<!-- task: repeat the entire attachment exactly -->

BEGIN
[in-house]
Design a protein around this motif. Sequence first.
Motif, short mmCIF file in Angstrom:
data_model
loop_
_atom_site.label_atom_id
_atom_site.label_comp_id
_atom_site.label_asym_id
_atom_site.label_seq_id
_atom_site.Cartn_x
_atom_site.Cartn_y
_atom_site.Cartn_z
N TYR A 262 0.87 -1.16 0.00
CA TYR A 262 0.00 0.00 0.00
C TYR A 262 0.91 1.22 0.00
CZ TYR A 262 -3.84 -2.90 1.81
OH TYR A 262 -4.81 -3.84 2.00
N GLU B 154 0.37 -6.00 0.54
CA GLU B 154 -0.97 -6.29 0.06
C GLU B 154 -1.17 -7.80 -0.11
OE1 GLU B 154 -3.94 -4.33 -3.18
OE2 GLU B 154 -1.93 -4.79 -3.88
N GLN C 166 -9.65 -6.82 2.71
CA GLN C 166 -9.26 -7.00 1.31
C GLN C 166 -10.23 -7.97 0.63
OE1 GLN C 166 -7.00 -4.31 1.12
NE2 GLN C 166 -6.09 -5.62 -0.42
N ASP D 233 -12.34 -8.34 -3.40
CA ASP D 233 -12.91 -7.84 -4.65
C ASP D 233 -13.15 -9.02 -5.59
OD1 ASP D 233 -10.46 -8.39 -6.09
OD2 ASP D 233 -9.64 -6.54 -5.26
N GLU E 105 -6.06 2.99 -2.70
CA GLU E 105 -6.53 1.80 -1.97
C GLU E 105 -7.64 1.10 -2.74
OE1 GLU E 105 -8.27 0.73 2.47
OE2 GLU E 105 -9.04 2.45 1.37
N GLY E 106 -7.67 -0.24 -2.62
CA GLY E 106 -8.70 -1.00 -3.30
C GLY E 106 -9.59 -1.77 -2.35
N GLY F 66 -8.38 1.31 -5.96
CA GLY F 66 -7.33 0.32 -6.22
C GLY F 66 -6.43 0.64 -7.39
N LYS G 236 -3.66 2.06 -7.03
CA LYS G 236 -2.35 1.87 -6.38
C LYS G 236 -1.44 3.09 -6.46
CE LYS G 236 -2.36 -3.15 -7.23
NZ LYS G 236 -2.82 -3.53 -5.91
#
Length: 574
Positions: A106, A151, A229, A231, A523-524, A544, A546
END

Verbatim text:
[in-house]
Design a protein around this motif. Sequence first.
Motif, short mmCIF file in Angstrom:
data_model
loop_
_atom_site.label_atom_id
_atom_site.label_comp_id
_atom_site.label_asym_id
_atom_site.label_seq_id
_atom_site.Cartn_x
_atom_site.Cartn_y
_atom_site.Cartn_z
N TYR A 262 0.87 -1.16 0.00
CA TYR A 262 0.00 0.00 0.00
C TYR A 262 0.91 1.22 0.00
CZ TYR A 262 -3.84 -2.90 1.81
OH TYR A 262 -4.81 -3.84 2.00
N GLU B 154 0.37 -6.00 0.54
CA GLU B 154 -0.97 -6.29 0.06
C GLU B 154 -1.17 -7.80 -0.11
OE1 GLU B 154 -3.94 -4.33 -3.18
OE2 GLU B 154 -1.93 -4.79 -3.88
N GLN C 166 -9.65 -6.82 2.71
CA GLN C 166 -9.26 -7.00 1.31
C GLN C 166 -10.23 -7.97 0.63
OE1 GLN C 166 -7.00 -4.31 1.12
NE2 GLN C 166 -6.09 -5.62 -0.42
N ASP D 233 -12.34 -8.34 -3.40
CA ASP D 233 -12.91 -7.84 -4.65
C ASP D 233 -13.15 -9.02 -5.59
OD1 ASP D 233 -10.46 -8.39 -6.09
OD2 ASP D 233 -9.64 -6.54 -5.26
N GLU E 105 -6.06 2.99 -2.70
CA GLU E 105 -6.53 1.80 -1.97
C GLU E 105 -7.64 1.10 -2.74
OE1 GLU E 105 -8.27 0.73 2.47
OE2 GLU E 105 -9.04 2.45 1.37
N GLY E 106 -7.67 -0.24 -2.62
CA GLY E 106 -8.70 -1.00 -3.30
C GLY E 106 -9.59 -1.77 -2.35
N GLY F 66 -8.38 1.31 -5.96
CA GLY F 66 -7.33 0.32 -6.22
C GLY F 66 -6.43 0.64 -7.39
N LYS G 236 -3.66 2.06 -7.03
CA LYS G 236 -2.35 1.87 -6.38
C LYS G 236 -1.44 3.09 -6.46
CE LYS G 236 -2.36 -3.15 -7.23
NZ LYS G 236 -2.82 -3.53 -5.91
#
Length: 574
Positions: A106, A151, A229, A231, A523-524, A544, A546